My other thing, besides books…

Our new home – with a little bit of sad grass.

I’ve always loved landscaping. To me, it’s an extension of house design, and visual art. My favourite style is the quintessential English Garden (see below), and I always wanted to build one.

Not my house…a girl can dream, though.

You know what I mean – no pesky grass. Just gravel or stone walkways, with plenty of overhanging trees and climbing vines tumbling over rocks and fences, rose bushes and hollyhocks and lots and lots of creeping flowers mixed with vegetables, all squashed up in organized chaos.

We planted a cherry tree two years ago. I think this was the first blossom.

A place to dream or write or visit with friends. A place to breathe deep, listen to the birds, watch the bees flit over the roses, and the hummingbirds sip from the sweet pea.

Last year was glorious in the front flower bed.

I’ve never had the time, the money, or the right property to achieve it, but now, I’m the closest I’ve ever been. My family is now convinced that I am only capable of speaking about two things: writing and gardening.

It’s okay, right? If it’s an addiction, I think it’s a healthy one.

We bought our very first home in a small village when we were in our twenties, and we lived there for nine years. It was an old brick side by side, built in the fifties, so it had plenty of history in the small front yard. Big trees, old plants. Stuff to move, cut down, or prune. I built a small flower bed, but that’s it.

Our second home was in Moncton, in the Old West End, of a similar age. We lived there for 16 years. The lawn was deeply shaded by fences, tall oaks and maples, and because of the mature evergreens, the earth was acidic. Lots of moss. I tried very hard to grow colourful flowers, but there just wasn’t enough sunlight.

Now we are living in our third home, which we purchased two and a half years ago, directly from the builder. This large bungalow was the last house to be built on our street in a young development, as young as the families who live here.

No mature trees. No privacy. Few fences, or plants. Perfect lawns, mind you, but no flowers. I think they’re all too busy to care about it.

The first spring, I painted the door red. (I don’t know why, but I have a thing for red doors–even when it might not be the perfect match with taupe siding.)

Each house has represented a season in our lives. Our first house in Dorchester saw us bringing three children into the world. We brought them to Moncton, and raised them all in our second home.

Now in our third home, the kids are grown and gone. We have only one boy left in university, who comes home in the summer.  Other than that, it’s just my husband and I, with my mom.

Other than looking after my mom’s needs, there are few demands on our time, unlike our neighbours. Our street is full of teens practicing their basketball layups at the end of their driveways, and the younger kids play soccer, and give us curious looks.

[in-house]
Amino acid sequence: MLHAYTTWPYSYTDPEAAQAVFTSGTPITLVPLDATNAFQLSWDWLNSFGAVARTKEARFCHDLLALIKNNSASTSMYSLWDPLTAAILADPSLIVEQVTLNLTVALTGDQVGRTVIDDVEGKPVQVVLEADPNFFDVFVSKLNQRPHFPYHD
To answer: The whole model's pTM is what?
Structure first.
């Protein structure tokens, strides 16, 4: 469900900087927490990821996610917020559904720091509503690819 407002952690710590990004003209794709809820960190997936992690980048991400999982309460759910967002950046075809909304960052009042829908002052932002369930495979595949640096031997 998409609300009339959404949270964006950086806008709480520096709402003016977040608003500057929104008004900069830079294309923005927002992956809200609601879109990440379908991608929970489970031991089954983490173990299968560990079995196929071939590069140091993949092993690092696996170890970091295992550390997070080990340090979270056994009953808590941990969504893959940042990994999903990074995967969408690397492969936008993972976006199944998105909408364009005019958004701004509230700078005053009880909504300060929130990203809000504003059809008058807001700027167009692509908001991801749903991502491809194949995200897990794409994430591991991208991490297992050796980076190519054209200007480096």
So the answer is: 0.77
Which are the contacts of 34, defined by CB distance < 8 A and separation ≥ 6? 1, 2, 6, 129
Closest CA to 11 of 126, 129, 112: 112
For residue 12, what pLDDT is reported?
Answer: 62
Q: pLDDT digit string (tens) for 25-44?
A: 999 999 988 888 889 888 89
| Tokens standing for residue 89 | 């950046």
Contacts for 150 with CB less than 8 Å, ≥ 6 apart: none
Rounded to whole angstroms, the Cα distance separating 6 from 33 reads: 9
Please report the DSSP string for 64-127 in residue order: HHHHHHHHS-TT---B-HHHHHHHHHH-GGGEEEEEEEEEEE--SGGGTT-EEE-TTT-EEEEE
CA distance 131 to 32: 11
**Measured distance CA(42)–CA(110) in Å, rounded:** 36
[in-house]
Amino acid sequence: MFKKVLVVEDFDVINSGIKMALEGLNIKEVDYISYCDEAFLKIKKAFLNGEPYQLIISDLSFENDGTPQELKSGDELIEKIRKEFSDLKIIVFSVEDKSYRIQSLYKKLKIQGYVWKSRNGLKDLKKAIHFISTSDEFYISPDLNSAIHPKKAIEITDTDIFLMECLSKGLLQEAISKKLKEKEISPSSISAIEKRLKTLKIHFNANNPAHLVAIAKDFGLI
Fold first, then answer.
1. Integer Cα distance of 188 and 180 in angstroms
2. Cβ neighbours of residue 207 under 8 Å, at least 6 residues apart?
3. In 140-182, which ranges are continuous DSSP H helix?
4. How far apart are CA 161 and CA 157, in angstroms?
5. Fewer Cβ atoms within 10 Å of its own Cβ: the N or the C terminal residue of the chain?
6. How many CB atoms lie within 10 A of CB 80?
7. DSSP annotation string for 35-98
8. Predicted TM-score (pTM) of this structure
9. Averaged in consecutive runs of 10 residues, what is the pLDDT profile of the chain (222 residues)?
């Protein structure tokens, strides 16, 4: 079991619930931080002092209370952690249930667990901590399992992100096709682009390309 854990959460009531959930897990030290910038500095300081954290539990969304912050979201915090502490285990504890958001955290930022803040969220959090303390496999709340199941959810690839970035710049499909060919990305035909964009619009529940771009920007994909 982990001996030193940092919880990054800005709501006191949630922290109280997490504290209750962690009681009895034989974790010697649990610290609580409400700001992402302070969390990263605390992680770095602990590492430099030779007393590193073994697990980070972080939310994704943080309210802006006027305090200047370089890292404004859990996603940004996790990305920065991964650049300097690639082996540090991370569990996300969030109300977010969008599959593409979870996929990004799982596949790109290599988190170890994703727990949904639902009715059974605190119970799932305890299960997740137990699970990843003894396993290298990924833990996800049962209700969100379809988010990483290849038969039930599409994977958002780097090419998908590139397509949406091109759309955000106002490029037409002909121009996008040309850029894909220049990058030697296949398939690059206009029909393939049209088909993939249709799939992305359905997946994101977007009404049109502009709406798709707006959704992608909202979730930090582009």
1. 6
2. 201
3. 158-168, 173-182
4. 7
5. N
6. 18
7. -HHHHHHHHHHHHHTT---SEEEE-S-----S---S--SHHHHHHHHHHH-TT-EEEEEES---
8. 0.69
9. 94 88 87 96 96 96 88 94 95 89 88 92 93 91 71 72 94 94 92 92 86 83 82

For the first time, we’re the oldies in the neighbourhood. It’s weird, but all you can do is embrace it.

I’m embracing it by planning my English Garden. Every year, we do a little more. It can be frustrating working with clay soil, because not all plants can survive in it. But the ones who can really thrive.

I planted three of these white rosebushes, called Double de Coubert, from Cornhill Nursery two years ago. And oh, the scent!

We moved in winter, which hid the state of the yard, but by spring the receding snow revealed a big mess. Our 0.1 acres was a pile of clay – and when I say clay, I mean you could make pottery with it– that had not yet been graded or seeded with grass. The whole backyard, we could now see, was a steep slope. What can you do with a hill?

The builder sent guys over to grade, spread topsoil and seed, as well as pave the driveway. (The topsoil turned out to be full of spiky weeds, and so when it sprang up together with the grass, we spent the better part of two weeks pulling them all out, and reseeding –thanks for nothing, builder. The pavers did a pretty good job, though.)

That very first April, we started by putting in a hedge of Cheyenne Privet. After two and a half years, it’s taking forever to grow. I was told it can grow one and a half to two feet per season.

We stuffed about 40 Cheyenne Privet hedge plants into our car.

That person lied.

More than two years later, the privet hedge is not growing fast enough to suit me—I can still see what my neighbours are doing, and worse, they can see me.

You’d be surprised how many plants and trees and bushes it takes to fill a tiny, 0.1-acre property. But there’s such satisfaction in planting things and seeing them grow.

I love the colour of this honeysuckle. It’s dark pink with some orange.

Our immediate neighbours come from Iran, and they told me that living here has meant having to manage a lawn for the first time. They’d never seen grass before– who needs to mow in the desert? And I’m quite sure they wonder why I obsessively spend every evening digging in the garden –but just wait! Wait until the whole thing comes together.

What poetry will be written there!

In the meantime, I am learning to appreciate the process, and what things look like at every stage. I think it’s similar to the process of writing. The old quote attributed to Dorothy Parker is, “I hate writing, I love having written.”

My calla lilies are part of what I call my “friendship garden” – The flowers given to me by my friends, including the euonymus, below . As you can see below, it was six feet wide when we transplanted it a year ago. I cut it back and prayed over it. These days, it’s perky and bright yellow. (Thanks, Tania and Karen.)

This blank slate of a yard is intimidating. So is a blank page. But, oh, the possibilities.

*Henry Van Dyke

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